Black liberation theology focuses primarily on the African-American community with its goal to "make Christianity real for blacks." The primary error in black liberation theology is its focus. Black liberation theology attempts to focus Christianity on liberation from social injustice in the here and now, rather than in the afterlife. Jesus taught the exact opposite, "My kingdom is not of this world" (John 18:36). Have blacks/Africans and especially African Americans been treated unfairly, unjustly, and evilly in recent history?  Absolutely!  Should one of the results of the Gospel be the end of racism, discrimination, prejudice, and inequality? Again, yes, absolutely (Galatians 3:28)! Is deliverance from social injustice a core principle of the Gospel?  No.

The message of the Gospel is that we are all infected with sin (Romans 3:23). We are all worthy of eternal separation from God (Romans 6:23). Jesus died on the cross, taking the punishment that we deserve (1 Corinthians 5:21; 1 John 2:2), providing for our salvation. Jesus was then resurrected, demonstrating that His death was indeed a sufficient payment for the sin penalty (1 Corinthians 15:1-4). If we place our faith/trust in Jesus as Savior, all of our sins are forgiven and we will be granted entrance into Heaven after death (John 3:16). That is the Gospel. That is to be our focus. That is the cure for what is truly plaguing humanity.

When a person receives Jesus as Savior, he/she is a new creation (2 Corinthians 5:17), and the indwelling Holy Spirit begins the process of conforming him/her to the image of Christ (Romans 12:1-2). Only through this spiritual transformation can racism truly be conquered. Black liberation theology fails because it attacks the symptoms, without truly addressing the disease. Sin/fallenness is the disease; racism is just one of the many symptoms. The message of the Gospel is Jesus' atoning sacrifice for our sins and the salvation that is therefore available through faith. The end of racism would be a result of people truly receiving Jesus as Savior, but the end of racism is not a part of the Gospel itself.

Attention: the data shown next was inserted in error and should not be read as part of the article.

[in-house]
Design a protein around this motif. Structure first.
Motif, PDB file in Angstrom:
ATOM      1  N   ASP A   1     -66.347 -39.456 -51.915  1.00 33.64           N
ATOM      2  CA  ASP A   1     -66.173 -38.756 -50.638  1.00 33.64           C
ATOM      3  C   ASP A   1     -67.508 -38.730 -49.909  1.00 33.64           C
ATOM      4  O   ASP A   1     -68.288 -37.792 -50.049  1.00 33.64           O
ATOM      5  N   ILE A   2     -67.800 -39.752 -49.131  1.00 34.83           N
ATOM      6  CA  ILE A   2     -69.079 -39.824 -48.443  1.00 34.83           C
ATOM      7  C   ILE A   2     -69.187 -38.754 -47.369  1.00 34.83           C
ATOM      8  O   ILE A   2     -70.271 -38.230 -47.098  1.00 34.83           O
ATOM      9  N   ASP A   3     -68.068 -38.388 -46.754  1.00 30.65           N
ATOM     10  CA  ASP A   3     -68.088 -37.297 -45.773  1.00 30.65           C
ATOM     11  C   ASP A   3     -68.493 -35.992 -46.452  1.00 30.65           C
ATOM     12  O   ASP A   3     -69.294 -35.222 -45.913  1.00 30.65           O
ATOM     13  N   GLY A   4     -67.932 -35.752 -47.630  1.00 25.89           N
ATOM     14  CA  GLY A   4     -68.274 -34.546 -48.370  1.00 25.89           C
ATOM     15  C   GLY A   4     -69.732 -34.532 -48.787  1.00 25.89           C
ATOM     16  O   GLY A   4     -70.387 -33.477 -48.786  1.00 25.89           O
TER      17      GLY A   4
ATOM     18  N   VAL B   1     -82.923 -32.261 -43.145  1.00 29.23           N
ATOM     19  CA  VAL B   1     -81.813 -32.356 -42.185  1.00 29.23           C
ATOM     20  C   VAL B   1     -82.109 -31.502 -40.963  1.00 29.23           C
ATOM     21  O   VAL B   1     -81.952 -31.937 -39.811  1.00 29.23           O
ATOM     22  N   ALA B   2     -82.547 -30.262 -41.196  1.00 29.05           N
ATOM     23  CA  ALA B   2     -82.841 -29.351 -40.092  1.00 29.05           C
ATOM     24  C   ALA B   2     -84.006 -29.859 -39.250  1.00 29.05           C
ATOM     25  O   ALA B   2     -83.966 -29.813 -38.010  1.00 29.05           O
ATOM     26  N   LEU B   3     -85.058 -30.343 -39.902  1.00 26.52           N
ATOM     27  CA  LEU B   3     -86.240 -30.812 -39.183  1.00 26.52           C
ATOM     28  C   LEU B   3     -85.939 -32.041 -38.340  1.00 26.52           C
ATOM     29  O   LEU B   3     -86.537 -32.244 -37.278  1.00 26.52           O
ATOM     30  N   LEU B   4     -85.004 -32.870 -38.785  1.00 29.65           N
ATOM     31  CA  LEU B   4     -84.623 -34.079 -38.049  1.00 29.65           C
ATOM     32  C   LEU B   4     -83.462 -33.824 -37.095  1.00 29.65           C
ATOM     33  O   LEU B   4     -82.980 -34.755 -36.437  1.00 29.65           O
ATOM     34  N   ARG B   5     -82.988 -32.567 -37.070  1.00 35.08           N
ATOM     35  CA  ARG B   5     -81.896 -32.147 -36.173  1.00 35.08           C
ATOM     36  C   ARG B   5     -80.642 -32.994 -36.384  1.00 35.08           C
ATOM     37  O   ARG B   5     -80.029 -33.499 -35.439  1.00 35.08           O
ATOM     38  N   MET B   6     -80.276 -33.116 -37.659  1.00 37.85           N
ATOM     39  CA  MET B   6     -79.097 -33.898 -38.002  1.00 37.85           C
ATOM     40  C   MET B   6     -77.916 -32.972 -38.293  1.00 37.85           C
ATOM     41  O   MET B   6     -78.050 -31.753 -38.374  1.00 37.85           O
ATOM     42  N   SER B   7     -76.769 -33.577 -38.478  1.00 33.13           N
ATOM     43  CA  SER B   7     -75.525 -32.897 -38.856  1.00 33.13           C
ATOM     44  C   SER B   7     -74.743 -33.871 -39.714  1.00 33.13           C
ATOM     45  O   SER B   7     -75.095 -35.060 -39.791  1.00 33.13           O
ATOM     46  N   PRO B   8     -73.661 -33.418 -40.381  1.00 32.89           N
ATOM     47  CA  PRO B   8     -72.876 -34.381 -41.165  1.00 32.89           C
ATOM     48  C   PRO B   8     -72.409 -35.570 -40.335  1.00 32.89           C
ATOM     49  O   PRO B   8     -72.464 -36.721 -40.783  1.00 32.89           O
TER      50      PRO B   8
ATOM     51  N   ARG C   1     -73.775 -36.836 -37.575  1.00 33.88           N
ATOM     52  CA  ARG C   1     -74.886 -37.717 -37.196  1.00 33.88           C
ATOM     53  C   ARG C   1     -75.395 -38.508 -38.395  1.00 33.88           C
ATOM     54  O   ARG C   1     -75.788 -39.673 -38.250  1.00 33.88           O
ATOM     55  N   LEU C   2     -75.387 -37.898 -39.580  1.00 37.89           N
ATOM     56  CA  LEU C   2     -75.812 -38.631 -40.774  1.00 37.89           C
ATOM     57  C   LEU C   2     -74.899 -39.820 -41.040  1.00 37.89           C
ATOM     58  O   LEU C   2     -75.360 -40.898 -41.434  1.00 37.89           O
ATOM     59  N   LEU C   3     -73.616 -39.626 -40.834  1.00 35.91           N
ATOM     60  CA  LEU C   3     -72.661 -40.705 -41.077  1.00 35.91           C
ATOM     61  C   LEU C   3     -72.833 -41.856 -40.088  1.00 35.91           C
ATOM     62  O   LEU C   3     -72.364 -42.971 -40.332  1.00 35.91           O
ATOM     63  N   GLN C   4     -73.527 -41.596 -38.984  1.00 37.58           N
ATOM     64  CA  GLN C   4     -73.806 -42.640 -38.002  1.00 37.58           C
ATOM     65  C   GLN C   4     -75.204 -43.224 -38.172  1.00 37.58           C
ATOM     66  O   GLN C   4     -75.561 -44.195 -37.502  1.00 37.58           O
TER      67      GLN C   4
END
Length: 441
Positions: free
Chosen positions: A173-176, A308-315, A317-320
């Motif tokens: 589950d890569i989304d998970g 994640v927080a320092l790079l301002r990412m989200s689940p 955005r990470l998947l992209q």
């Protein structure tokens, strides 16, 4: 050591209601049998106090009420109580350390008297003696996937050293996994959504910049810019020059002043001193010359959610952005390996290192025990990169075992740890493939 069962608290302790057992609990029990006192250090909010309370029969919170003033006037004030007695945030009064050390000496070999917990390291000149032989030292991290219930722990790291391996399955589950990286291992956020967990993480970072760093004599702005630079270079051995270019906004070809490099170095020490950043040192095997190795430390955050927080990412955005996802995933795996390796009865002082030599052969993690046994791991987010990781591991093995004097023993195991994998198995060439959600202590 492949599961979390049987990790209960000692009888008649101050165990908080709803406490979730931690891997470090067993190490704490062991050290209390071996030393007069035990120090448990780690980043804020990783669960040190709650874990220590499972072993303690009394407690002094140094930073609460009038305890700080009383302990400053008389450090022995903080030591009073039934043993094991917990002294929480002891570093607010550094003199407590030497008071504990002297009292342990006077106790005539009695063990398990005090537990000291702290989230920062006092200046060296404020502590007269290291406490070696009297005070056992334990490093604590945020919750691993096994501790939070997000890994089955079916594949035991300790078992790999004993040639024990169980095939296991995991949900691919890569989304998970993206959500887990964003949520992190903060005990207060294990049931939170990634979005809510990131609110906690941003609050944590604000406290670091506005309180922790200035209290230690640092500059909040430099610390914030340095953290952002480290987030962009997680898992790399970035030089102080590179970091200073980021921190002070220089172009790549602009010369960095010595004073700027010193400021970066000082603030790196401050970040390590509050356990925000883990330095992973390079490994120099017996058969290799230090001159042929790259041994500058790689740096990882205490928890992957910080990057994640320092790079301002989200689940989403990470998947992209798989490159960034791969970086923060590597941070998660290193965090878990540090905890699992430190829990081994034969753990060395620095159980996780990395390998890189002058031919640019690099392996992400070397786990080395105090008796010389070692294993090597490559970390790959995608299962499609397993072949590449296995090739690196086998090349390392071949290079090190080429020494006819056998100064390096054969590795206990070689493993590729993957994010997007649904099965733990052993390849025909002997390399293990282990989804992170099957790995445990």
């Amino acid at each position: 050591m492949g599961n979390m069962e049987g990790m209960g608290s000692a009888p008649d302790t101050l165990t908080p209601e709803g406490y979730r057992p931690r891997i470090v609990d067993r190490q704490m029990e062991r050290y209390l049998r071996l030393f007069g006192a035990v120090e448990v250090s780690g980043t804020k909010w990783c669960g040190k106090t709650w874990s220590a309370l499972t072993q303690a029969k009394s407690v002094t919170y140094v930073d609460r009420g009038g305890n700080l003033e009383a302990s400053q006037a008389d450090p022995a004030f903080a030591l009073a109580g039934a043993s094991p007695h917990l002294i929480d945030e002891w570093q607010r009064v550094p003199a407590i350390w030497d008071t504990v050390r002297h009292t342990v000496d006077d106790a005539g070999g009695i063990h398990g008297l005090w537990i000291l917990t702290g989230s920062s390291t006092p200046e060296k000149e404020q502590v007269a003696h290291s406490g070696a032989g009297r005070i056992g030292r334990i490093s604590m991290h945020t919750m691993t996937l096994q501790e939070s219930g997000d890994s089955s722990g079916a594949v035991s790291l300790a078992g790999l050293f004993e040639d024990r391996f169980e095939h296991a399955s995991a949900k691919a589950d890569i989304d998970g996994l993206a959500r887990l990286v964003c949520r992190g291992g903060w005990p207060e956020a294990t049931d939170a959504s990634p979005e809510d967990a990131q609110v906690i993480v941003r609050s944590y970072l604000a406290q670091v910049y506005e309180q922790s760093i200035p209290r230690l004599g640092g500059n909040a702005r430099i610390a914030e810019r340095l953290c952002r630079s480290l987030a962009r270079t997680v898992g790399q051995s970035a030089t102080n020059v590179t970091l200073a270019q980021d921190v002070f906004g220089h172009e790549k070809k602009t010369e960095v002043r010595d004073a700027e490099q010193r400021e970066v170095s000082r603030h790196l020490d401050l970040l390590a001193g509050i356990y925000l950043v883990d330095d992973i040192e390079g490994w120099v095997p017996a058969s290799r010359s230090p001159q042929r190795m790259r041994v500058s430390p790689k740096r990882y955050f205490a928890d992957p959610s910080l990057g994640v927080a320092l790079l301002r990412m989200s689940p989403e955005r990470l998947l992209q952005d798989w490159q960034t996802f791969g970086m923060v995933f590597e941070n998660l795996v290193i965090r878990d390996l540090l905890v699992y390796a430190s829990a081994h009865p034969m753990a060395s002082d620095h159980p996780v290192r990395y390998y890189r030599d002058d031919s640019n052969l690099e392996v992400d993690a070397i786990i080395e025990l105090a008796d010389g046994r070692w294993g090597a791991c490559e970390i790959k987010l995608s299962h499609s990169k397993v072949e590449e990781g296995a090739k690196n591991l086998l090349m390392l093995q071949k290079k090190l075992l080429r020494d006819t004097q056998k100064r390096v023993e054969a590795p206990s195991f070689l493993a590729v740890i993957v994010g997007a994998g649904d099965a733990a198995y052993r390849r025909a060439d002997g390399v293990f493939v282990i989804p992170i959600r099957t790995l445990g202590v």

Because of its extreme over-emphasis of racial issues, a negative result of black liberation theology is that it tends to separate the black and white Christian communities, and this is completely unbiblical. Christ came to earth to unite all who believe in Him in one universal Church, His body, of which He is the head (Ephesians 1:22-23). Members of the Body of Christ share a common bond with all other Christians, regardless of background, race, or nationality. "There should be no division in the body, but . . . its parts should have equal concern for each other" (1 Corinthians 12:25). [Note:  The term "body" here is a term referring to the church in Scripture.]  As such, we are to be of one mind, having the mind of Christ, and have one goal, glorifying God by fulfilling Christ's command to "go into all the world," telling others about Him, preaching the good news of the Gospel, and teaching others to observe His commandments (Matthew 28:19-20). Jesus reminds us that the two greatest commandments are to love God and love others as ourselves, regardless of race (Matthew 22:36-40).


Rev. Wright, along with many so-called "Christian" black leaders adhere to the phony theology of Black Liberation Theology that even claims Jesus was black.  They completely ignore the fact that Jesus was semitic, not white.  But then again, their theology teaches a Marxist viewpoint.  And Marxism is very anti-semitic.  It teaches an all-out hatred of Jews.  There is no way a Marxist could be a Christian.  After all, how could a Christian hate Jesus and be a Christian?

It seems far more logical that what Edward Klein said when he wrote his book, The Amateur, is true, That is that Obama never became a Christian, even Jeremiah Wright admits that.  In fact, Jeremiah Wright said that he told Obama he'd make him comfortable being around Christians with his (Obama's) Muslim faith.

So here we are in America, a nation that proclaims to be primarily made up of Christian people, and our own president won't even take a stand to help persecuted Christians around the world.  He'll stand up for the Palestinians who are led by the known terrorist group Hamas against Israel.  He'll lead the charge for political correctness that does not allow anything negative to be said against radical Islam, but he won't stand up for Christians.  (Don't forget such things as our government, under Obama's leadership, not referring to the Ft. Hood shooting massacre as a terrorist attack, but rather as workplace violence.)

No, when our government behaves like it does, especially our president, just look at who he is and what he believes and it becomes pretty easy to understand why he does the things he does.

Christmas is a time to celebrate the birth of Christ and the gift of salvation He offers to the world.  Let us be thankful that man's future depends on God and His plan, not on the plans of political leaders.